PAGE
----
SEC announces schedule format

The Gators already play the ACC's Seminoles every year. (The Associated Press)

Published: Sunday, April 27, 2014 at 7:51 p.m.
Last Modified: Sunday, April 27, 2014 at 7:51 p.m.

After all kinds of debate and controversy over the SEC's future schedule format for football, the league has decided to stick with what is already in place, with a little bit of a twist.

The SEC announced Sunday that it is sticking with its eight-game league schedule with one permanent non-division opponent instead of increasing to a nine-game league schedule. The league, however, has added a strength-of-schedule component that requires all schools to play an ACC, Big 12, Big Ten or Pac-12 opponent on an annual basis.

Sunday's announcement came after a vote of the SEC's 14 schools.

For Florida, it means nothing changes. The Gators will play eight SEC games a year, including a permanent opponent from the West (LSU). Additionally, UF already plays FSU, from the ACC, on an annual basis, and that will continue. UF's other non-division opponent will rotate each year.

“This has been a thoughtful and deliberative process that has resulted in maintaining the current format and adds a provision that will bolster our collective annual non-conference schedule,” SEC commissioner Mike Slive said. “Critical to maintaining this format is the non-conference opponent factor which gives us the added strength of schedule we were seeking while allowing continued scheduling flexibility for institutional preferences, and acknowledges that many of our institutions already play these opponents.

“The concept of strength-of-schedule is based on an entire 12-game schedule, a combination of both conference games together with non-conference games. Given the strength of our conference schedule supplemented by at least one major non-conference game, our teams will boast a strong resume of opponents each and every year.”

The SEC has been weighing schedule options since last spring, when the league president and chancellors committed to a review of football scheduling to be completed in time for the 2016 season.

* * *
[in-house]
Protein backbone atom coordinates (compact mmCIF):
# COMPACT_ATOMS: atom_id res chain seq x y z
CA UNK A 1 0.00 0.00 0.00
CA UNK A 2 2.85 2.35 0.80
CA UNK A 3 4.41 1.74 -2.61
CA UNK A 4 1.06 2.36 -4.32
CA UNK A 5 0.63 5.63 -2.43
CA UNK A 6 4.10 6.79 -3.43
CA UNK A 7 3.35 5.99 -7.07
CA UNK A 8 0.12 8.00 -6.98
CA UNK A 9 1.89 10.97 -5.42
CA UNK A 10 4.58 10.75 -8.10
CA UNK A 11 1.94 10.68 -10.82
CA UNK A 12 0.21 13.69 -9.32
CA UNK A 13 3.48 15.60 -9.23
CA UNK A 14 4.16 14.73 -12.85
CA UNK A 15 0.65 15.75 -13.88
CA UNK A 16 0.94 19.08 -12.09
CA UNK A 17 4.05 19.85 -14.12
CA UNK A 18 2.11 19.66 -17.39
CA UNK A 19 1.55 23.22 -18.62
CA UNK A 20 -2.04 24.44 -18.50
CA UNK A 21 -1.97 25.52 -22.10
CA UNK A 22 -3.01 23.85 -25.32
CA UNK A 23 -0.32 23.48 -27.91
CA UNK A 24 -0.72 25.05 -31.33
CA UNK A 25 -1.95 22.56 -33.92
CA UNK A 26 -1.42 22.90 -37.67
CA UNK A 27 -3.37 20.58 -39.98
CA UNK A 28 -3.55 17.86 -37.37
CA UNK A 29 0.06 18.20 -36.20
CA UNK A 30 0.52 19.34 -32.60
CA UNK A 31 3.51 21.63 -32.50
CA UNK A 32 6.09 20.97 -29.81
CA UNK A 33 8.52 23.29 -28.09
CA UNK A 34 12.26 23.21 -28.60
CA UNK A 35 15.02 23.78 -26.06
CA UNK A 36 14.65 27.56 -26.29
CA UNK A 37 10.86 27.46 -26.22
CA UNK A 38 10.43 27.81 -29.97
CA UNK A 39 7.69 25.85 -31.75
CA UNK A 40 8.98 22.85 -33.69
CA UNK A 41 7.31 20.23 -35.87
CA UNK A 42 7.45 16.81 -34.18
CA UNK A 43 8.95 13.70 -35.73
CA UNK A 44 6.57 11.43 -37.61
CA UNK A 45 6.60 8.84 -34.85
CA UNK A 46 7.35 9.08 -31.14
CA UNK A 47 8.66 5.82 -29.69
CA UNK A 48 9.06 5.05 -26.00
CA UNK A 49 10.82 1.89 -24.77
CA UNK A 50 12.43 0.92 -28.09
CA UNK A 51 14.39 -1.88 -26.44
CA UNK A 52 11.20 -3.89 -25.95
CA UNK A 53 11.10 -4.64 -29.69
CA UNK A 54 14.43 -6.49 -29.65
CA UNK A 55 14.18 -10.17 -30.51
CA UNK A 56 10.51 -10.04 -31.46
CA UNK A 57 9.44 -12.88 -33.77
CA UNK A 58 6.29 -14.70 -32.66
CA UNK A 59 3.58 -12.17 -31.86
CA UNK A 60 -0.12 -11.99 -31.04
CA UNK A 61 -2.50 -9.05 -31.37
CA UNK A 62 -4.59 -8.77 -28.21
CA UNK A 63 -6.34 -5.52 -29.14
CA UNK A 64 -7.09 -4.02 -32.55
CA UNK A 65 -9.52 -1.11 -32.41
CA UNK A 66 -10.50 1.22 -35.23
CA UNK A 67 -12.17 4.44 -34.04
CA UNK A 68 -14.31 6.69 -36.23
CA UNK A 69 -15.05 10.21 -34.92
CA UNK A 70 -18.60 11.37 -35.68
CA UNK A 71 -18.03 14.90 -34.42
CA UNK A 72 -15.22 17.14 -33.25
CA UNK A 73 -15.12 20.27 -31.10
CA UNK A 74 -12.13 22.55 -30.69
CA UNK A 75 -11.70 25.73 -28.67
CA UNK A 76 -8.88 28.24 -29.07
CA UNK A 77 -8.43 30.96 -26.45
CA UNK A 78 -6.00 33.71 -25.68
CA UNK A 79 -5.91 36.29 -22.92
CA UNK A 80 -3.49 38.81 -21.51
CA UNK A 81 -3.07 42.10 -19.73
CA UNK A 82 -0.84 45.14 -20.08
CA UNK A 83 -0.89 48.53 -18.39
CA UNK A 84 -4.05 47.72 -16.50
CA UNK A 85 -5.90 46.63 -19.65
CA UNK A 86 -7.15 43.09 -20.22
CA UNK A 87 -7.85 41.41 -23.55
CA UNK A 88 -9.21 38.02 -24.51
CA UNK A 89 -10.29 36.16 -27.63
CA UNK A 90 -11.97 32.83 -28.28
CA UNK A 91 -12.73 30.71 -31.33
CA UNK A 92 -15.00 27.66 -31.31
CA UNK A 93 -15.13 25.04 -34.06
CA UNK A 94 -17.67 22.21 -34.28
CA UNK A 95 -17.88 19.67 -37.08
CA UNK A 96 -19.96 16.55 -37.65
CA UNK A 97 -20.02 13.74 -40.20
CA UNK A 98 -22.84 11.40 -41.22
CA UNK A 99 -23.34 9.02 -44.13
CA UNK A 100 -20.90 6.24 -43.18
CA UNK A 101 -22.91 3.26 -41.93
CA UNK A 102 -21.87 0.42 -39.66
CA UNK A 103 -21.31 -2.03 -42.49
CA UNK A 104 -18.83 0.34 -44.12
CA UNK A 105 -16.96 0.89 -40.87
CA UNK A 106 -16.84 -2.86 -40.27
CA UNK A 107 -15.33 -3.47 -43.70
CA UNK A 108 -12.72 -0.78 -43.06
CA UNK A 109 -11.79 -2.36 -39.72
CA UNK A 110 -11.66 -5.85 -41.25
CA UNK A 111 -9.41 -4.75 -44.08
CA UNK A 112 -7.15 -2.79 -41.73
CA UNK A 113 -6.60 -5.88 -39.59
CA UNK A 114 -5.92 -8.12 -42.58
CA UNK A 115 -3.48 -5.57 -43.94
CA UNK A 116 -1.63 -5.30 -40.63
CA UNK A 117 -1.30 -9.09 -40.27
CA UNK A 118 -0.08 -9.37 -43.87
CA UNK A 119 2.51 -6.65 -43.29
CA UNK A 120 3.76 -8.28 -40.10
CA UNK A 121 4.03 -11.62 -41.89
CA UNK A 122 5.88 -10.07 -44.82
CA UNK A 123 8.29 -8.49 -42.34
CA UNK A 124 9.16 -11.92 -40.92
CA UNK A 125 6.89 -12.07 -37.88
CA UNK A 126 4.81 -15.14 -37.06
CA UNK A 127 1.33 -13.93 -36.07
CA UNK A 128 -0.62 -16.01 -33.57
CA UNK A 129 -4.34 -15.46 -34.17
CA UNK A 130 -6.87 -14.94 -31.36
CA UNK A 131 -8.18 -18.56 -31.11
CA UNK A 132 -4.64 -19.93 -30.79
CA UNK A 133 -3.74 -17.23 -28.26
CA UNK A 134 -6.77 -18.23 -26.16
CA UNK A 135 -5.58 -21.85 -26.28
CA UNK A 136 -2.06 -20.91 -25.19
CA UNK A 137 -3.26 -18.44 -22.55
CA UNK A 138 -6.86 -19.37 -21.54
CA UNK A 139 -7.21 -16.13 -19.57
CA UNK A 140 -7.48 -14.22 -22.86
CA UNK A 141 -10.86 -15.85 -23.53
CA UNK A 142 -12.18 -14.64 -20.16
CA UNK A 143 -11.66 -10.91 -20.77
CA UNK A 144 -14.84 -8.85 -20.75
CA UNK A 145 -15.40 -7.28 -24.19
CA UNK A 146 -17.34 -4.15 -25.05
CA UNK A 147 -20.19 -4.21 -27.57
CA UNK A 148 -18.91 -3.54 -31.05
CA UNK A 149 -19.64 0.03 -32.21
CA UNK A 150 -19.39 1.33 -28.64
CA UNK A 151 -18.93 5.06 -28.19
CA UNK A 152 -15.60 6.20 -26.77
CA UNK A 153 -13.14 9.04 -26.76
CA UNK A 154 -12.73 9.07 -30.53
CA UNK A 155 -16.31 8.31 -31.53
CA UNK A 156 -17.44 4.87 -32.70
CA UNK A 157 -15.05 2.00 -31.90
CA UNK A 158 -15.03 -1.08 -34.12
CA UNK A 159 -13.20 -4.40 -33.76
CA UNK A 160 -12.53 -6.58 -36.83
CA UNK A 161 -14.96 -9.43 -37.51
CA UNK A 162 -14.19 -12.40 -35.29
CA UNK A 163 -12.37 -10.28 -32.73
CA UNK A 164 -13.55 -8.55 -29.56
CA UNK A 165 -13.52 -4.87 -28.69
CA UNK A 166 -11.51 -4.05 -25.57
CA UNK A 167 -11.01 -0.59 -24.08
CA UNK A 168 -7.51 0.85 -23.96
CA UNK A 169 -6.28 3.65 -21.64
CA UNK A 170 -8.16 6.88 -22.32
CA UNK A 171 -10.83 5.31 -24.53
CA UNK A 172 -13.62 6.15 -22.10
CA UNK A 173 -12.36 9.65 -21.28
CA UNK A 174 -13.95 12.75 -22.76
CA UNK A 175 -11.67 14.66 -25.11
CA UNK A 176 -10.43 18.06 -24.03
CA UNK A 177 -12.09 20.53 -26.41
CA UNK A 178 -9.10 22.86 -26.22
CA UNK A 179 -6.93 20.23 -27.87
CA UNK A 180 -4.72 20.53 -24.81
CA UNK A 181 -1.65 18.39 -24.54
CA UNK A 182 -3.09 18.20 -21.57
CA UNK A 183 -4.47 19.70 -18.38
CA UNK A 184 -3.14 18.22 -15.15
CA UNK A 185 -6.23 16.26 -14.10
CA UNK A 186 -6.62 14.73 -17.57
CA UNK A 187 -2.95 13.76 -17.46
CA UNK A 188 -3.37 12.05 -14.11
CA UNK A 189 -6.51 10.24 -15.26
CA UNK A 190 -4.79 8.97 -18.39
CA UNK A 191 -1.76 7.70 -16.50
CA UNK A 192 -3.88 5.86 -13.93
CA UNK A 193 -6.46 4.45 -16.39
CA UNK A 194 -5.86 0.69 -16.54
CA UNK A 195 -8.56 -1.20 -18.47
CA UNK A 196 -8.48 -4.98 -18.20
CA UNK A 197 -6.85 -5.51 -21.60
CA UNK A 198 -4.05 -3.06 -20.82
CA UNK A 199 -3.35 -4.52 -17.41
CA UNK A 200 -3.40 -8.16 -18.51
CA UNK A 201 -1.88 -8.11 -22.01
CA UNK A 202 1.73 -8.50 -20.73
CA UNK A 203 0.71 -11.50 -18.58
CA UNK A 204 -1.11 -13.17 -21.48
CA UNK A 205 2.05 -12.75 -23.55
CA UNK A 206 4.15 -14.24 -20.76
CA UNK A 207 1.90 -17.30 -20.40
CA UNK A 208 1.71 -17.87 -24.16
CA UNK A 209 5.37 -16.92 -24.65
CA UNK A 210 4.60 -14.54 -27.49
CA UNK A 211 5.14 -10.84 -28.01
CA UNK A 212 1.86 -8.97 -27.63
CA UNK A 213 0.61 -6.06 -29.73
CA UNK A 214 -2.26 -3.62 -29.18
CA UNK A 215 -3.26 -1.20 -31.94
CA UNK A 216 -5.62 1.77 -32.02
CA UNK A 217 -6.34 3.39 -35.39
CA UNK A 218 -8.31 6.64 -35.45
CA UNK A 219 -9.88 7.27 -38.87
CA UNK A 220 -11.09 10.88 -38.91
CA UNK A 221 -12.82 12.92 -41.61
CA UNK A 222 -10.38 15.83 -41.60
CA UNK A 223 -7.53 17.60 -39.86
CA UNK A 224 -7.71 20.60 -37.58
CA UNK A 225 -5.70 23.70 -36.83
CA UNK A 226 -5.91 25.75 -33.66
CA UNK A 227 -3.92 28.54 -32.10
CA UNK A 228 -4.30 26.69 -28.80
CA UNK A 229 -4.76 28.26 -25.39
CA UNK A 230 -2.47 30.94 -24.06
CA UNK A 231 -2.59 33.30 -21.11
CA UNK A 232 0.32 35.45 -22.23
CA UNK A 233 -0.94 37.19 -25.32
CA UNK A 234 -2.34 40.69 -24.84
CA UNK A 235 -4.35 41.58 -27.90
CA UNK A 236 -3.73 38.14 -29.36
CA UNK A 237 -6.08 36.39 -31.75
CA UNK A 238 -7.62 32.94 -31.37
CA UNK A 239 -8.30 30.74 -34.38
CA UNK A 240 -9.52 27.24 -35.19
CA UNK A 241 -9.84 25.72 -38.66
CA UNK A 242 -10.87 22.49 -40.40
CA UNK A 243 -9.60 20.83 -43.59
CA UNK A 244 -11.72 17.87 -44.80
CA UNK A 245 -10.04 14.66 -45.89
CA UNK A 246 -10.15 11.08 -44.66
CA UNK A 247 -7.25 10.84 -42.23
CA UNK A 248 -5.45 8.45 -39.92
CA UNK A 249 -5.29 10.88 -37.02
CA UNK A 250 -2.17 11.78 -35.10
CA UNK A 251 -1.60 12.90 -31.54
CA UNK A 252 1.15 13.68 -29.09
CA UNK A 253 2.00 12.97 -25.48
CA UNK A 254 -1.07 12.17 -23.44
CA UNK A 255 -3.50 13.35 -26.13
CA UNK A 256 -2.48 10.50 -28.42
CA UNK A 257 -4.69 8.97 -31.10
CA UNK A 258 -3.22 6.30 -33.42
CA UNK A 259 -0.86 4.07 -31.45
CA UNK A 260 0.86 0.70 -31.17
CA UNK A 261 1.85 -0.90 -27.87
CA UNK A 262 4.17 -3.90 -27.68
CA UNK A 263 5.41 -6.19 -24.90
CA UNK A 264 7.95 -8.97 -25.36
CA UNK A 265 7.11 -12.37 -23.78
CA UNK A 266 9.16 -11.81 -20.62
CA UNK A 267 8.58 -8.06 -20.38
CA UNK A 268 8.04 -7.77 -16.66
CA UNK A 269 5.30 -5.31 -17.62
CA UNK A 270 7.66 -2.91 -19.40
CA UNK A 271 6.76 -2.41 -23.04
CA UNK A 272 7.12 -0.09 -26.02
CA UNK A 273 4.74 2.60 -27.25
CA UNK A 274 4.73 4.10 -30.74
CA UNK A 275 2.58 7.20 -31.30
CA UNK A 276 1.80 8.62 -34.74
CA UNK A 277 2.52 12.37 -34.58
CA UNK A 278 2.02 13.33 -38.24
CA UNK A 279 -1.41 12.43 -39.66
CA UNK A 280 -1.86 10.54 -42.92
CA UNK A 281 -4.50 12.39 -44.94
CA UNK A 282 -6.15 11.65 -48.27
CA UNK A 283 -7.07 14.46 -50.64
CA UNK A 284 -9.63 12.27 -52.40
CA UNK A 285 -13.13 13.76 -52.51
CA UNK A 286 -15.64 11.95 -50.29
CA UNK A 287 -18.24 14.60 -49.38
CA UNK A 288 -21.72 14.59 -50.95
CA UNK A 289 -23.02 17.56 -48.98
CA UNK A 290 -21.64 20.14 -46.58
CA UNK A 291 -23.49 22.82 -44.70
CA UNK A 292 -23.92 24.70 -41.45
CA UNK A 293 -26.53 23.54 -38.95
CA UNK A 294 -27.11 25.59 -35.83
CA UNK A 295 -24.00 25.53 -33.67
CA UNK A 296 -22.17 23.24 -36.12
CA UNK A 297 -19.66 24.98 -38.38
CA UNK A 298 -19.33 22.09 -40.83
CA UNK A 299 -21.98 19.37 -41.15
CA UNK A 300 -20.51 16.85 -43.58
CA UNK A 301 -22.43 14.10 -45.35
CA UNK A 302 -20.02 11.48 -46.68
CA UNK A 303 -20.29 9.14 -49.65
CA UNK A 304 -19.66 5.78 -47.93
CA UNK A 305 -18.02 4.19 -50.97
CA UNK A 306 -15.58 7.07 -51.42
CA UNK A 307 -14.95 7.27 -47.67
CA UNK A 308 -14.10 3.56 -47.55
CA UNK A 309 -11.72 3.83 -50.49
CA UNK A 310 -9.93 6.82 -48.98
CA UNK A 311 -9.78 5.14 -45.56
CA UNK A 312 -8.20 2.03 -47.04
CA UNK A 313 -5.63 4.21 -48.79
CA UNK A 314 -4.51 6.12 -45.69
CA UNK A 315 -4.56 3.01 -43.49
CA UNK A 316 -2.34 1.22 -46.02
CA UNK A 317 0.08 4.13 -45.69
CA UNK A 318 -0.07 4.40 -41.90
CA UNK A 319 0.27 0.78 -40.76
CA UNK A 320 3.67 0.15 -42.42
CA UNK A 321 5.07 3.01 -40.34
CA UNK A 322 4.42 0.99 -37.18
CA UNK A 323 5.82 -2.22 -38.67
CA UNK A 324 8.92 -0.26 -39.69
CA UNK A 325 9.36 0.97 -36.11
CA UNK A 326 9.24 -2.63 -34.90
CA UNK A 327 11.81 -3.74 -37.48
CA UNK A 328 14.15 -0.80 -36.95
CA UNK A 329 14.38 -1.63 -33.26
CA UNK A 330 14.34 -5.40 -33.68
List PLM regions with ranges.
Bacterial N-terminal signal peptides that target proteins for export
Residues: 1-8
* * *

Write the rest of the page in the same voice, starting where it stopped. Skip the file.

Many SEC coaches expressed their desire to stay with an eight-game league schedule due to the overall toughness of the league.

“The existing strength of the SEC was certainly a significant factor in the decision to play eight games,” Slive said. “In fact, just last year, five of our schools comprised the top-five toughest schedules in the nation according to the NCAA and nine ranked in the top 20.

“A number of our schools play annual ACC opponents, and recent history shows our schools are already playing a significant number of strong non-conference opponents across the country on a home-and-home basis or in neutral site games.”

Over the past several years, there has also been a great deal of debate about possibly ending the permanent non-division game each school plays yearly.

That aspect of the schedule remains in place.

“Tradition matters in the SEC, and there is no denying that tradition was a significant factor in this decision because it protects several long-standing cross-division conference rivalries,” Slive said. “It has been a hallmark of the SEC over our history to be able to make continued progress while also maintaining traditions important to our institutions.”

Here are the permanent non-division opponents: Alabama vs. Tennessee; Arkansas vs. Missouri; Auburn vs. Georgia; LSU vs. Florida; Ole Miss vs. Vanderbilt; Mississippi State vs. Kentucky; Texas A&M vs. South Carolina.

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